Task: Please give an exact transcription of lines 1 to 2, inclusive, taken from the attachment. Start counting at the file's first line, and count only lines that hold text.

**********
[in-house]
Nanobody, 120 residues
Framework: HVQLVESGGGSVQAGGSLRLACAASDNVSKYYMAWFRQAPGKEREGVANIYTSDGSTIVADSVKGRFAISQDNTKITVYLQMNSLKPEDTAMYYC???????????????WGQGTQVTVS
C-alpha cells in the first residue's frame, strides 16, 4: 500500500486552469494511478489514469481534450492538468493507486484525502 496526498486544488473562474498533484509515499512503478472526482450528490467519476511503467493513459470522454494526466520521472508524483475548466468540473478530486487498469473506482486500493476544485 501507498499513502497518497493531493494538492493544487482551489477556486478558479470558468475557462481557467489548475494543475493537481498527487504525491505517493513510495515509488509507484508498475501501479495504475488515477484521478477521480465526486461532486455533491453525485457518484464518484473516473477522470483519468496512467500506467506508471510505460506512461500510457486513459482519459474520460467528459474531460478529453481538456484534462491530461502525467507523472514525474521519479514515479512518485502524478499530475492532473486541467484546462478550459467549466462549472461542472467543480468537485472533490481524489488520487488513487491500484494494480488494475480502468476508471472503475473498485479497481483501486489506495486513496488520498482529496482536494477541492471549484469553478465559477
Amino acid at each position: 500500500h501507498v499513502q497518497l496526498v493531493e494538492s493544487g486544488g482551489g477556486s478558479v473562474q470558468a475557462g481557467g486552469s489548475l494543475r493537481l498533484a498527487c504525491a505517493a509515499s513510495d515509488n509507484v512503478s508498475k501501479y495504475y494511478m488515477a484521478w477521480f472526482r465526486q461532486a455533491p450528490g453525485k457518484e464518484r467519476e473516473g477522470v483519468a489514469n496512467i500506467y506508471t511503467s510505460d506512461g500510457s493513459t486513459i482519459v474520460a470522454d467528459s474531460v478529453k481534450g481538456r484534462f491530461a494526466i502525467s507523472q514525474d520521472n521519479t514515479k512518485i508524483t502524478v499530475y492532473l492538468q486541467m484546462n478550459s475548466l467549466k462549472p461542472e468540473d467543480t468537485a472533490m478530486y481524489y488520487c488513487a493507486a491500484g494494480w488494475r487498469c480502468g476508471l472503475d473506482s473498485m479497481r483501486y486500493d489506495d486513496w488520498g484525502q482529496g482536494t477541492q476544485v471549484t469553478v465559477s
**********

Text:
[in-house]
Nanobody, 120 residues